Inter’s 2019/20 season was littered with Romelu Lukaku goals, former Premier League players and defeats in high-profile matches. But nothing could outnumber the litany of gripes, grumbles and moans which tumbled out of their manager Antonio Conte.
Less than three months into his spell at San Siro, Conte aimed a telling barb at the Inter hierarchy. Utterly exacerbated after a Champions League defeat to Borussia Dortmund, Conte whined: “Who do I call on? Nicolò Barella, who we signed from Cagliari? Or Stefano Sensi, who arrived from Sassuolo?”
The intended implication of this jibe was not to denigrate the performances of Sensi or Barella – who enjoyed superb patches at either end of the season – but to highlight the lack of winning experience added to a club who have gone the best part of a decade without silverware.
As Conte pointed out: “We are talking about a group of players who, apart from [Diego] Godín, haven’t won anything.”
Godín may be on the brink of leaving the squad but the latest Nerazzurri addition is no stranger to a title or two. In fact, Arturo Vidal’s only issue when it comes to honours is finding room in his trophy cabinet.
After more than 12 months of links and rumoured courtship, Inter finally completed Vidal’s transfer for a reportedly nominal fee of €1m.
Vidal joins Inter after two seasons with Barcelona – possibly a step up on Sassuolo and Cagliari in Conte’s eyes – and can boast a staggering eight league titles across three different countries in the past nine seasons.
The first of these domestic successes came at Juventus under the same cantankerous manager he finds in Milan – and, incidentally, the same club director, Giuseppe Marotta, who spotted him at Bayer Leverkusen is also at Inter.
Vidal arrived at Conte’s Juventus in 2011 as Claudio Marchisio’s back-up but swiftly became a mainstay of the side. The Chile international – aptly known as ‘El Guerrero’ or ‘The Warrior’ – perfectly fit Conte’s maxim of ‘eat grass’. A less than literal phrase which characterises his insistency that everyone in the side works hard – much like he did as a player.
As one of three midfielders in Conte’s 3-5-2, Vidal covered the hard yards and bit into tackles but also offered a potent threat in the opposition box. During his three seasons with Conte at Juve, Vidal scored a ridiculous 28 goals across all competitions from midfield.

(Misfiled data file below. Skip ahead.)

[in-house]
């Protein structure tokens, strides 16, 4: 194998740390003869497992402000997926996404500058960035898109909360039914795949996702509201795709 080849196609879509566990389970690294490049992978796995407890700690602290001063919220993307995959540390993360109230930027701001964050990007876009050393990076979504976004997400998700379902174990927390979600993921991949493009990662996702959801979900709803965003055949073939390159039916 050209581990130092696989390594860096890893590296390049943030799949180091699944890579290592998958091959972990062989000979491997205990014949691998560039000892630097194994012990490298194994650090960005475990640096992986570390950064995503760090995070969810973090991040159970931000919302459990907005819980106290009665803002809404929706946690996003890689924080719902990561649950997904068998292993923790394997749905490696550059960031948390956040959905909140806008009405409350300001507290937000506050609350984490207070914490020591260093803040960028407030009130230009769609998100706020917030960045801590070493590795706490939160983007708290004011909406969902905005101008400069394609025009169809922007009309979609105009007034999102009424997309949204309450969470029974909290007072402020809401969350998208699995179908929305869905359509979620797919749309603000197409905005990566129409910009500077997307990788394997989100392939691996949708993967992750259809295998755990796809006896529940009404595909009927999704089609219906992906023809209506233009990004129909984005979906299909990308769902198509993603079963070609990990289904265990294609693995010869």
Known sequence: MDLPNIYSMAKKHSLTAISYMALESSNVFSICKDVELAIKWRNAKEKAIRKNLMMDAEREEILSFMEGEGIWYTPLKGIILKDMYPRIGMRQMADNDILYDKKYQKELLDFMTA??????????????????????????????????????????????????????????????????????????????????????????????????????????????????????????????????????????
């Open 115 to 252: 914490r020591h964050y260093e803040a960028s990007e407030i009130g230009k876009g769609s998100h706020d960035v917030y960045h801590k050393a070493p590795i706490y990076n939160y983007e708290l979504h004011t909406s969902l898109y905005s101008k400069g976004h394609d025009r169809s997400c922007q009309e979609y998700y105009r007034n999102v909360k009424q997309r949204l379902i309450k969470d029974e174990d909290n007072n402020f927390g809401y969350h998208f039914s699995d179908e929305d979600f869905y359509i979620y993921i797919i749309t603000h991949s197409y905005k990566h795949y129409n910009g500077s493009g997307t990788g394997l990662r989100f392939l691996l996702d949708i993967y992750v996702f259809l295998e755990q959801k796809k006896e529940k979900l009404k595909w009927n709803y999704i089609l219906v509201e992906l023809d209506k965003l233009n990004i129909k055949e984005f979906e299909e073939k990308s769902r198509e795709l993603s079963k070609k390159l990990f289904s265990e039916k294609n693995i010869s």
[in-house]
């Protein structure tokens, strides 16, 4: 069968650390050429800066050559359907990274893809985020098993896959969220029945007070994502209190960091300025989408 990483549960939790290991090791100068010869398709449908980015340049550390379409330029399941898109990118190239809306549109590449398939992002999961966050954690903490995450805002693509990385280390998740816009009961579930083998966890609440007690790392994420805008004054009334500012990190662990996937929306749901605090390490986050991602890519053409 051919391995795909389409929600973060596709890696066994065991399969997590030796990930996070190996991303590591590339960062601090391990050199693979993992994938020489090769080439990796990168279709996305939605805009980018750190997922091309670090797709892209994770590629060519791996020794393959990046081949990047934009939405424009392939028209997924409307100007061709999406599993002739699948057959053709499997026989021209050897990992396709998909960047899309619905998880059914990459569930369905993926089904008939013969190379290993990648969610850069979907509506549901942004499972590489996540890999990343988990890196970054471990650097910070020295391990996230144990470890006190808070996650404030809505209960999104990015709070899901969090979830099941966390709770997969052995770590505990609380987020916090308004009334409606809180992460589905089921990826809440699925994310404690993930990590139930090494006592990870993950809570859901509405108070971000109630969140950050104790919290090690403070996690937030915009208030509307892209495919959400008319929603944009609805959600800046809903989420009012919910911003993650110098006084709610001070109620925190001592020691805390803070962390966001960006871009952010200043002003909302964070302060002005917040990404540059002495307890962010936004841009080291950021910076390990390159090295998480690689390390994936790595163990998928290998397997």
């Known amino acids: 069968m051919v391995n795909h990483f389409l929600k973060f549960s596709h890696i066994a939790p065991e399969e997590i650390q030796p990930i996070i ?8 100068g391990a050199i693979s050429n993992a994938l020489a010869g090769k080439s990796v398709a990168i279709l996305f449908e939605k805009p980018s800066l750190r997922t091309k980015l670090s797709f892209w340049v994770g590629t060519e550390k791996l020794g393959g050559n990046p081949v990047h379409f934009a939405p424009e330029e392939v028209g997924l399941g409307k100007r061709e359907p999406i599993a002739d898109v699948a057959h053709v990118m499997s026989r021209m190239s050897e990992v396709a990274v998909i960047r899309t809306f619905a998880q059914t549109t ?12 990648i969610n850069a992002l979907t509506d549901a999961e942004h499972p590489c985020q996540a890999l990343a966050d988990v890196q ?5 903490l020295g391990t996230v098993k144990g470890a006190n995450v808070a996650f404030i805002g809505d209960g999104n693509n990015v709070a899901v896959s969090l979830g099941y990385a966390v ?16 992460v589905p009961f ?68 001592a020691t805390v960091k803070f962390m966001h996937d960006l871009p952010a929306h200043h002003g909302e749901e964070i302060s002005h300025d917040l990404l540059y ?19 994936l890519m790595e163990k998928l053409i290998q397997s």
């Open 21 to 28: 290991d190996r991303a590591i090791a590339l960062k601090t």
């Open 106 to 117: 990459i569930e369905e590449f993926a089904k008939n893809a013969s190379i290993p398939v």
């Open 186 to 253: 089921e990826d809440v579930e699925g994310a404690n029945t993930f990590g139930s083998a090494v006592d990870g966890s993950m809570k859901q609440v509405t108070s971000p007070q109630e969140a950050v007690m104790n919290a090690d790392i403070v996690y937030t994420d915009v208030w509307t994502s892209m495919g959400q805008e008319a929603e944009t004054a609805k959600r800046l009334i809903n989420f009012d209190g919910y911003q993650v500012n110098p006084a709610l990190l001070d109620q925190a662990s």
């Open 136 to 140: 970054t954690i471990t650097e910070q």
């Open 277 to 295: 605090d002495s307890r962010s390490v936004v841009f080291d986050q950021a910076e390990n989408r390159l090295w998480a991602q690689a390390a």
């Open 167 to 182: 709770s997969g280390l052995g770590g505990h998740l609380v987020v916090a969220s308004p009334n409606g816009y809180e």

Six years on from their last game together as player and coach, the faded memories of Vidal and Conte’s days in Turin will come sharply back into focus.
Inter finished second behind Juve last season – the one point margin separating the sides flattered the Nerazzurri who were genuine contenders only until the turn of the year – playing Conte’s trusty 3-5-2.
Vidal may be at the ripe old age for a footballer of 33, but the Chilean was still remarkably active and effective at pressing and winning back the ball for Barcelona last season. He also mustered an impressive eight league goals in just 16 starts.
However, the fact that his proportion of minutes played dipped below 50% for the second time in the past three seasons, points towards the dwindling impact he will be able to have.
While Vidal hovers over the closing chapters of his career, Sandro Tonali has only just finished his introduction.
The highly rated 20-year-old midfielder had long been linked with a move from Brescia to Inter this summer but instead joined their bitter rivals AC Milan. While Tonali’s boyhood support of the red and black half of San Siro has widely been touted as the deciding factor, Inter seemingly had every opportunity to snap Tonali up.
As Brescia president Massimo Cellino told Italian TV channel Top Calcio 24 (via Sempre Inter): “Marotta was very keen, I know that Conte appreciated Tonali a lot, I think his agent also had contact with Inter. He [Tonali] was determined and convinced that he was going to Inter, then I don’t know, maybe there was no money available.”
The widespread suggestion is that Conte favoured Vidal directly over Tonali, although the pair of midfielders boast contrasting skillsets. While Vidal is incredibly adept at bulldozing his way into the opposition box, Tonali sits deeper and is more focussed on spraying the ball around.
After just a single debut season in Serie A – playing for a poor Brescia side who had barely any of the ball and conspired to finish 19th amid a whirlwind of managerial appointments – it’s impossible to definitively assess Tonali.
Having suffered his first trophy-less season as a club manager since 2011 – incidentally, the same year Inter last claimed some silverware – Conte is targeting immediate success. Vidal’s addition – whether that be at the expense of Tonali or not – only highlights the short-term aspect of his aspirations.
Now that he has been equipped with his trusty warrior, Conte has little reason to aim his ire at the powers that be and few excuses in his pursuit of that elusive Scudetto.